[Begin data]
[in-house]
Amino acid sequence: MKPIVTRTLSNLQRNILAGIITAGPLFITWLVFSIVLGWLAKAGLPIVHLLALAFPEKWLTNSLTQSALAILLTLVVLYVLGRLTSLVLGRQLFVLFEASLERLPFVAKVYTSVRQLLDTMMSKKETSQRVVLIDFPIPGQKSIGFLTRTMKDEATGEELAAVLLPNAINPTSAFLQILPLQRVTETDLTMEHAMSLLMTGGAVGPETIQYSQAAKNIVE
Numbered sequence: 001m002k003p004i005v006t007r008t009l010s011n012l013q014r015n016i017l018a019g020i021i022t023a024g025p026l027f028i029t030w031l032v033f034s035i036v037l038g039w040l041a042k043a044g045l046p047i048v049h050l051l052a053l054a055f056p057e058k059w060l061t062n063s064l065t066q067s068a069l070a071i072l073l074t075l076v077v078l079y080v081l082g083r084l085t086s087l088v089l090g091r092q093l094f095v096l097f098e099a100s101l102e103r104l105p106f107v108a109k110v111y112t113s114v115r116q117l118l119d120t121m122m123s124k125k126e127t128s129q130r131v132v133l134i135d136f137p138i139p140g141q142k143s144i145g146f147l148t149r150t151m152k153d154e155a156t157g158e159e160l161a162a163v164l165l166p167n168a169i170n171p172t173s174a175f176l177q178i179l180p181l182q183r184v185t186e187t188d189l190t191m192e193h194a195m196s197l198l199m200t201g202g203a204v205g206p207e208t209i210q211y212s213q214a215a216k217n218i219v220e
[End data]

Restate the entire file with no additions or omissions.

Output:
[in-house]
Amino acid sequence: MKPIVTRTLSNLQRNILAGIITAGPLFITWLVFSIVLGWLAKAGLPIVHLLALAFPEKWLTNSLTQSALAILLTLVVLYVLGRLTSLVLGRQLFVLFEASLERLPFVAKVYTSVRQLLDTMMSKKETSQRVVLIDFPIPGQKSIGFLTRTMKDEATGEELAAVLLPNAINPTSAFLQILPLQRVTETDLTMEHAMSLLMTGGAVGPETIQYSQAAKNIVE
Numbered sequence: 001m002k003p004i005v006t007r008t009l010s011n012l013q014r015n016i017l018a019g020i021i022t023a024g025p026l027f028i029t030w031l032v033f034s035i036v037l038g039w040l041a042k043a044g045l046p047i048v049h050l051l052a053l054a055f056p057e058k059w060l061t062n063s064l065t066q067s068a069l070a071i072l073l074t075l076v077v078l079y080v081l082g083r084l085t086s087l088v089l090g091r092q093l094f095v096l097f098e099a100s101l102e103r104l105p106f107v108a109k110v111y112t113s114v115r116q117l118l119d120t121m122m123s124k125k126e127t128s129q130r131v132v133l134i135d136f137p138i139p140g141q142k143s144i145g146f147l148t149r150t151m152k153d154e155a156t157g158e159e160l161a162a163v164l165l166p167n168a169i170n171p172t173s174a175f176l177q178i179l180p181l182q183r184v185t186e187t188d189l190t191m192e193h194a195m196s197l198l199m200t201g202g203a204v205g206p207e208t209i210q211y212s213q214a215a216k217n218i219v220e